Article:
Aaron Sorkin & Competence Porn

Spent some of yesterday evening getting caught up on “Newsroom” with my daughter Toni.  I liked it about as much as I liked “Studio 60,” but not as much as I liked “Sports Night” or “The West Wing.”  I’m one of those in love with Sorkin’s dialogue, and I can ignore his Rodenberryesque didacticism and get past his evident belief that women are a strange species that men will never understand.  The difference between the shows I love and the shows I only like is simple: how engaging the characters are.

But what is it, exactly, that makes the “Sports Night” and “The West Wing” characters so much more engaging?

Toni is the one who suggested the answer.  I first heard the term “competence porn” from Elizabeth Bear and understood it immediately.  It is delightful to watch someone be good at something, both in real life and in fiction. In real life, it fascinates us, and in fiction it pulls us closer to that character.  We loved watching Josh work his magic, and CJ turn everything around, and, well, like that.  The moments of competence porn in “Studio 60” and “Newsnight” are rare.  Sorkin’s interests clearly lie in ethical decisions made by people you don’t expect ethics from, and that’s cool. But it doesn’t pull us in as well as watching someone be brilliant.

Competence porn isn’t the only way to make a character engaging–but if, as Sorkin does (and, come to think of it, as I do) you create characters who are prickly and dysfunctional, you need to find some way to make the reader care about them, and watching them be good at things is one of the better ways.


The Incrementalists Audiobook Giveaway Contest

Okay, first of all, let me say that I am love with the audiobook. I’ve now listened to it twice, and Mary Robinette Kowal and Ray Porter do an amazing job of capturing the characters. I don’t know exactly how they do that, because their interpretations are so very different: Ray’s version of Oskar has a German accent and Mary’s doesn’t; Mary’s portrayal of Jimmy has a French accent and Ray’s doesn’t. You’d think they’d conflict, but in some weird way they compliment each other.

But the reading of the viewpoint characters: Mary’s Ren and Ray’s Phil, are where I lose the power of speech. So perfect, there needs to be a better term than perfect. There were a couple of points in there where I actually cried–and I’ve read this thing maybe a hundred times. I have no idea how they do that.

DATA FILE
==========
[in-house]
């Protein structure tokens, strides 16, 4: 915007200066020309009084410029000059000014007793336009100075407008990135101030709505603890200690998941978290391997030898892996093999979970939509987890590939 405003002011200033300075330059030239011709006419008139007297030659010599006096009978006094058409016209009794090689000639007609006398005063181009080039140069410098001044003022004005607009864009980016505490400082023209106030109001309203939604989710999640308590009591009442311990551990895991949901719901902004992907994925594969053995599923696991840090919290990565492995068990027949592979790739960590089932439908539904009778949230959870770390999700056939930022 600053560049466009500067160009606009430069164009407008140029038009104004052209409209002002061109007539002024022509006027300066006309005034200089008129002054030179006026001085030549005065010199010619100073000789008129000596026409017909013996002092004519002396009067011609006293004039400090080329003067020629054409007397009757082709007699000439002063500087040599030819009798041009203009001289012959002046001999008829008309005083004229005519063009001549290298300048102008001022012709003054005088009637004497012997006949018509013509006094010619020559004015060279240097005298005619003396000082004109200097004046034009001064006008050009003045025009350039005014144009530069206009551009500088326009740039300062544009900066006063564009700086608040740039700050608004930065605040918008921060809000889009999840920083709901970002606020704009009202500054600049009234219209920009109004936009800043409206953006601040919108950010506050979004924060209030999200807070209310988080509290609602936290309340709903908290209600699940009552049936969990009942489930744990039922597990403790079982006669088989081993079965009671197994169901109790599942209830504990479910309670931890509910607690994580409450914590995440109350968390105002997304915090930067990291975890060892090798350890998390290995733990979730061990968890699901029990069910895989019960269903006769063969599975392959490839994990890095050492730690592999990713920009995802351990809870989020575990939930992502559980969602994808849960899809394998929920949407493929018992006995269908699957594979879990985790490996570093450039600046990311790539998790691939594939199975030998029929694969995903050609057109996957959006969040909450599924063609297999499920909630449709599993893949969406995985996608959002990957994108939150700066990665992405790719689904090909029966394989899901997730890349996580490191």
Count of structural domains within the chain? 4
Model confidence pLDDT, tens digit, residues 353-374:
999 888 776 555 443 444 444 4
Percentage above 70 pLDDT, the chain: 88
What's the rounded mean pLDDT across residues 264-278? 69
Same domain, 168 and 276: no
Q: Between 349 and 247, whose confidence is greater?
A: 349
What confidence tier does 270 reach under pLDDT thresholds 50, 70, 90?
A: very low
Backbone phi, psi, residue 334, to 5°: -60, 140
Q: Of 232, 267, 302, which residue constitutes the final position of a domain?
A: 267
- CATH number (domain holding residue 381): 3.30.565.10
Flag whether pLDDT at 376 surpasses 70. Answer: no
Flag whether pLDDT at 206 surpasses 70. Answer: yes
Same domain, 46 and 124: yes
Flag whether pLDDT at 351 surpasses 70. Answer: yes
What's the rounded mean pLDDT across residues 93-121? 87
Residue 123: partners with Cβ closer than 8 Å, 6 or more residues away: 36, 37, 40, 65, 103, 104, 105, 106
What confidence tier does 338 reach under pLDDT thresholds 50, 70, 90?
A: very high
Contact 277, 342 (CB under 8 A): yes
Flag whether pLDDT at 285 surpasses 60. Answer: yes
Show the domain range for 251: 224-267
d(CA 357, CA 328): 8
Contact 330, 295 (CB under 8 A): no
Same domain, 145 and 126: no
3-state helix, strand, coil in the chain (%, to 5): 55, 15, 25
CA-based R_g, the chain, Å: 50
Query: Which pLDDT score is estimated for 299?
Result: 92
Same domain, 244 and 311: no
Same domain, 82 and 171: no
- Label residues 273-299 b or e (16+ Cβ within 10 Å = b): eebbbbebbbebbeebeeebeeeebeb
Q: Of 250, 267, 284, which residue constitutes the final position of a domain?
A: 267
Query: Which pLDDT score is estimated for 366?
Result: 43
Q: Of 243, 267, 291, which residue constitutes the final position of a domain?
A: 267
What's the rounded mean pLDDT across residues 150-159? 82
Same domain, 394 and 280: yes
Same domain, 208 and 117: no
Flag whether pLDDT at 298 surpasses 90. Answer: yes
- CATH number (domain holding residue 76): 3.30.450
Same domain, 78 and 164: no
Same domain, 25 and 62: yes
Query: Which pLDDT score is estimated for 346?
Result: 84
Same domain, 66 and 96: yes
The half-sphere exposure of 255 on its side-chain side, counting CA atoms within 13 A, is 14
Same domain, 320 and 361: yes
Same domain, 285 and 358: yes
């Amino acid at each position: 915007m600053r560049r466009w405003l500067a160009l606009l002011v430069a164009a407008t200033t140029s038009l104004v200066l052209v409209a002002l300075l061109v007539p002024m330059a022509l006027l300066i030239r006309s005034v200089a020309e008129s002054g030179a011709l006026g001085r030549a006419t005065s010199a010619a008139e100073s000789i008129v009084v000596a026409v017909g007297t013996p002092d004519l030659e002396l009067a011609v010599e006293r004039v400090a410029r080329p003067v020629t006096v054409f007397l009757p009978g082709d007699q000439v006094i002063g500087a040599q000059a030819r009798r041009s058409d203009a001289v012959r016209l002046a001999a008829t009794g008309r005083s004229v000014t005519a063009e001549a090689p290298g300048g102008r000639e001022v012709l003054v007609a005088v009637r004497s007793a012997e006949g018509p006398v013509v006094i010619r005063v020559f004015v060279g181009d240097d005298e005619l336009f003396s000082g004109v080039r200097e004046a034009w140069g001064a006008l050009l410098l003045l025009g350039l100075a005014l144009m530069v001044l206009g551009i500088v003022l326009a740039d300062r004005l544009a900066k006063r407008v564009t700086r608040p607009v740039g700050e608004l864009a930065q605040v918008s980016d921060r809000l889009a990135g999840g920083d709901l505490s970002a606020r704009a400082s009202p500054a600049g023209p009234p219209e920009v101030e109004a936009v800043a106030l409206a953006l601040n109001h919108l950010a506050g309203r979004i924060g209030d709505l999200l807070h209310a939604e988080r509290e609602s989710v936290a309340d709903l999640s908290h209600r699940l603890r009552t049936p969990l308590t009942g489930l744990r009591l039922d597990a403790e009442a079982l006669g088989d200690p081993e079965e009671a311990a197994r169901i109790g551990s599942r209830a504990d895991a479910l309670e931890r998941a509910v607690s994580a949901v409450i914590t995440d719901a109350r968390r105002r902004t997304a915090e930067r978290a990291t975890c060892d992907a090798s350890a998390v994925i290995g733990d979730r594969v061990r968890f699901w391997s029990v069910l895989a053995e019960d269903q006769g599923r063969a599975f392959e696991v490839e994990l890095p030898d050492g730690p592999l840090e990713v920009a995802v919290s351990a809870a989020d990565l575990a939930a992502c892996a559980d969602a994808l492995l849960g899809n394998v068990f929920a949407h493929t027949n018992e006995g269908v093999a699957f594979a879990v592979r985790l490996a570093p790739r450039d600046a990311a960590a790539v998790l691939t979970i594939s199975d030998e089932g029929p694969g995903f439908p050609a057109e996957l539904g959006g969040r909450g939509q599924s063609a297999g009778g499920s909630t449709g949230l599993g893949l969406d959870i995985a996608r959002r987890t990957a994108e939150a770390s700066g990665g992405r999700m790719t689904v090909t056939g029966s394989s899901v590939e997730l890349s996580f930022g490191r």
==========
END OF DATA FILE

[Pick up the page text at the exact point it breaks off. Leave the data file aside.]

We’re giving away three copies (actually promo codes) for the book at Audible.com. We’re running three simultaneous contests here on this blog.

For those of you unfamiliar with the project, I would suggest reading the (free, of course) short story that’s up on Tor.com.  It can be found  here.

Contest 1: Suppose you were given the chance to join The Incrementalists. There’s a 50-50 shot (actually, more or less depending on how strong your personality is) that your personality would be swallowed by another and, though your memories would survive, you would be gone.  But if you did survive, you would become (at least somewhat) immortal, you would have access to memories from throughout human history, and you would be part of a small group dedicated to making the world better. Would you take the gamble? Why or why not? Maximum: 50 words

Contest 2: If you were an Incrementalist, with the power to influence individuals in subtle ways, what would be your first project? That is, what would be the first thing you did in an effort to make things just a little better? Maximum: 50 words

Contest 3: The Incrementalists have been around since the beginning of human history, trying to make things better, or make bad things a little less bad. Name one thing you’ve think they’ve done, and how could it have been worse if they didn’t?  Maximum: 100 words.

The contest will run until noon CDT on Monday, September 30, at which time Skyler and I will pick the best answer in all three categories. Post your answers here. You can answer all three, but you can only win one. Only one answer per contest per person.


(Warning: If you say something really cool, Skyler and I just might steal it!)

(Note: As far as I know, audible can work on almost any device anywhere; but if I’m wrong, that’s not our problem, okay?)



What the narrator knows; what the reader knows

I had a friend email me with a cool question: How do you let the reader in on something the first person protagonist doesn’t?

I know it’s tricky, and I know it can be done, and I know it’s a rush when you pull it off.  My answer involved set-up: You establish the character as someone who is liable to miss drawing the correct conclusion when certain types of facts are in front of him, then you can have him report on things from which the reader will draw the correct conclusion, but the protagonist won’t.  For example, he might reminisce about a time a certain woman was attracted to him, and talk about the way she communicated it, and then say that he didn’t realize that until much later.  Now you can have his current lover drop clues that she is on the edge of breaking up with him, and the reader will believe that he doesn’t see it.  If you do it well enough, that is: it’s all about walking the line between, on the one hand, making the clues so subtle the reader doesn’t catch on, and, on the other, making the clues so obvious the reader won’t believe the protagonist doesn’t get it.

Anyway, I thought it was an interesting question, and worth throwing out to the Smart People who hang out here to see what other answers emerge.